After 20 years working in restaurants, Edna Guzman was feeling ready to launch her own operation. “Of course, I am a Mexican lady,” said Guzman. “And I've always liked cooking and trying …
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Salsas La Huacha
17025 S. Golden Road
Hours: 7 a.m.-1o a.m. (breakfast), 5 p.m.-10 p.m. (dinner)
After 20 years working in restaurants, Edna Guzman was feeling ready to launch her own operation.
“Of course, I am a Mexican lady,” said Guzman. “And I've always liked cooking and trying Mexican flavors and combining them with some of the American things.”
But when the COVID-19 pandemic arrived, she began to feel less confident about her plans.
“We were kind of afraid of opening because suddenly we started having this virus around and we weren't sure if it was a good idea,” she said. “But we were like `well, we're going to have to.'”
So last week, Guzman and her husband, Francisco Estrada, debuted their new taco truck, Salsas La Huacha, at 17025 South Golden Road. It's a location that's no stranger to food trucks dishing out Mexican fare as it was previously the longtime home of the Bonfire Burritos trailer before that beloved Golden business moved into a permanent location at 2221 Ford Street at the end of 2019.
More recently, it was the location of a food truck called Tacos with Altitude. Guzman and Estrada said they talked to that truck's owner, who told them he left the spot because of the pandemic but they were unsure whether Tacos with Altitude would continue somewhere else.
“I don't know if they have still have a business or not,” Estrada said.
A message to the Tacos with Altitude Facebook page inquiring about the status of that business was read but not responded to.
While Guzman and Estrada live in Denver, they say they wanted to open their business on the west side of the metro area because that is where they have mostly worked.
The menu at Salsas La Huacha is simple with three options for tacos: asada (grilled sirloin tips), pastor (marinated pork) and veggie (a spread of black beans, marinated cauliflower, red onions and cilantro).
“There's a bunch of different al-pastors out there but I think our recipe is pretty good,” said Guzman. “I was trying lots of them and this one became really, really good.”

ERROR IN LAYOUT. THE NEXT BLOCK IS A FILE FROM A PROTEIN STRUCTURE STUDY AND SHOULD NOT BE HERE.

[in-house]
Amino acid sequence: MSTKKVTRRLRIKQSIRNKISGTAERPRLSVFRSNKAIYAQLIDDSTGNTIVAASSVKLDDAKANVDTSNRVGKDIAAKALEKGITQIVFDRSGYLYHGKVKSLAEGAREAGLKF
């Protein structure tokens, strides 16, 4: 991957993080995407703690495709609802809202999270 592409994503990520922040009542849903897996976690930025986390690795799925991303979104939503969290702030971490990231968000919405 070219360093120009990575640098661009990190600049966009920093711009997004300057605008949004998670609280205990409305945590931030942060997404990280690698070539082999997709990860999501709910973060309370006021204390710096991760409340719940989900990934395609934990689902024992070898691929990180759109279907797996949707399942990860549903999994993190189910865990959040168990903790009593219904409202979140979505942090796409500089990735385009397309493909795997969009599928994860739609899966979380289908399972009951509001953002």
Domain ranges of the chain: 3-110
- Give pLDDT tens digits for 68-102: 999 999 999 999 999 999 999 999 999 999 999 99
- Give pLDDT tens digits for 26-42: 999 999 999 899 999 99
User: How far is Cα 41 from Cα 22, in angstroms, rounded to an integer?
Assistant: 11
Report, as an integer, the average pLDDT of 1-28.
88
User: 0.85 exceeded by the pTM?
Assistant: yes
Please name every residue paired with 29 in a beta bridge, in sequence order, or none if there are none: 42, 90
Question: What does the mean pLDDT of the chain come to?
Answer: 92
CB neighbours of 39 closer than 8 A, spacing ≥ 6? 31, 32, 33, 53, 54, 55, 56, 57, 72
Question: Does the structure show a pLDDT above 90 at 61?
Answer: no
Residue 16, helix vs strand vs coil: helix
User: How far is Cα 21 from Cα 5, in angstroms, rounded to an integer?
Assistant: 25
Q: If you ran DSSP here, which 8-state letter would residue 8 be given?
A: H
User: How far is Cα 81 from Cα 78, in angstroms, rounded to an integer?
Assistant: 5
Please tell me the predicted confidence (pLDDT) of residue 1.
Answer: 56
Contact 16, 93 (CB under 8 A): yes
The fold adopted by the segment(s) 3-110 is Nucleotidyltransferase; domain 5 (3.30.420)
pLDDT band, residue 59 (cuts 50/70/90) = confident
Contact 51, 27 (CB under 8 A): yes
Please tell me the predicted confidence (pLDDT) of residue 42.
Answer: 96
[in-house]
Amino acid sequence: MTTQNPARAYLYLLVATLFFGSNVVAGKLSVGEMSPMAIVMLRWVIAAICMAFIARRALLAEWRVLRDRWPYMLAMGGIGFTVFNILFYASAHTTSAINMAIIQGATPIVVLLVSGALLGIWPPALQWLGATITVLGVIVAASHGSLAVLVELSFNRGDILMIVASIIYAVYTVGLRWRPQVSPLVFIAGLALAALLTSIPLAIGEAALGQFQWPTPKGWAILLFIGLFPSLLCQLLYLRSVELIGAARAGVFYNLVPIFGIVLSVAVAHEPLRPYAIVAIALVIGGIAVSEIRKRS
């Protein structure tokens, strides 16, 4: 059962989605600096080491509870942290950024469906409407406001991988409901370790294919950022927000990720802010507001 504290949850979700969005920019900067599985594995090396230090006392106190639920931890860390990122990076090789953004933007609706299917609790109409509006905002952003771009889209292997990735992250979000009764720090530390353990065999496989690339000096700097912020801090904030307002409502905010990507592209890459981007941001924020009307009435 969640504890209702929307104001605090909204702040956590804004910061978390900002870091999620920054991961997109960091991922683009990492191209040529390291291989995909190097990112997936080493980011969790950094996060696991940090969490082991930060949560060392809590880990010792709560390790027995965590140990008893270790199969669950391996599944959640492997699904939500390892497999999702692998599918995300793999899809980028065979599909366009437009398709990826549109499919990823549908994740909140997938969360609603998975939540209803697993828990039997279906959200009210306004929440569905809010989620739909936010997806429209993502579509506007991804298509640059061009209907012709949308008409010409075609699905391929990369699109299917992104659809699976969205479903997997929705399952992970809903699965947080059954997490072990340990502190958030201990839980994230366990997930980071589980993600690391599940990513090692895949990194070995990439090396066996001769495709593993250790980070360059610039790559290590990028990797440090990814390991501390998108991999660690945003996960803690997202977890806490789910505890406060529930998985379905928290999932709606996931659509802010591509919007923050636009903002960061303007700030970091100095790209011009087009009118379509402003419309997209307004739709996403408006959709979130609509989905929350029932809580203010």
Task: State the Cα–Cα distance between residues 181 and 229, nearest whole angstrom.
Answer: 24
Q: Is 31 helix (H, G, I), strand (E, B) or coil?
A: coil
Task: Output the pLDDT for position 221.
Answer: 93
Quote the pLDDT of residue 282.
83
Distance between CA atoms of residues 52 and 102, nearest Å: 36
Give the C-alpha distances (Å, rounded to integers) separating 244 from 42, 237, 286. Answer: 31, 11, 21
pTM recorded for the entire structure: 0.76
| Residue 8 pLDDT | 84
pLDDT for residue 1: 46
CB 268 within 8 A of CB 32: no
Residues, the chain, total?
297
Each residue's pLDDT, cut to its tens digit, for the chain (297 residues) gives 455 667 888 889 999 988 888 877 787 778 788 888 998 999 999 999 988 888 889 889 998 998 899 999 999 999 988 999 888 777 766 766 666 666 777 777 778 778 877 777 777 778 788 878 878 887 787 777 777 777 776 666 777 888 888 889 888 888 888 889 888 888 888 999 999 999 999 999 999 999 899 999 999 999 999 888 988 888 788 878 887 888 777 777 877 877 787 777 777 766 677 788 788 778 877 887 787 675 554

There are also quesadillas (called huachadillas on the menu) and a cooler full of Mexican soft drinks. The truck also serves breakfast burritos and tacos stuffed with eggs and meat in the morning.
The menu will also likely grow overtime, Guzman said.
“I'm thinking of adding barbacoa and some others,” she said. “It really depends on what people are willing to try because we're Mexicans and we do like a lot of things on tacos.”
The truck's name is a reference to a popular term in Guzman's Mexican home state of Guerrero that means both “young woman” and “orphan.”
She said the term fits as a reference to both herself as an orphan and her daughter, who also works in the truck with Guzman and Estrada. The logo, meanwhile, depicts a young woman wearing a hat that is popular in Guerrero.
While Guzman and Estrada are focusing on their truck for now, they say they hope the business is successful enough to someday open a restaurant.
“Not exactly a big place but yeah like a small place with tacos and cuisine that is like we do in Mexico,” she said.
So far, Guzman said business has been steady, although she hopes it will expand as the weather gets warmer and COVID-19 dies down.
“The first week was pretty good,” she said. “We had a lot of the neighbors come. Maybe they were surprised to see the trailer or maybe it was the smell.”
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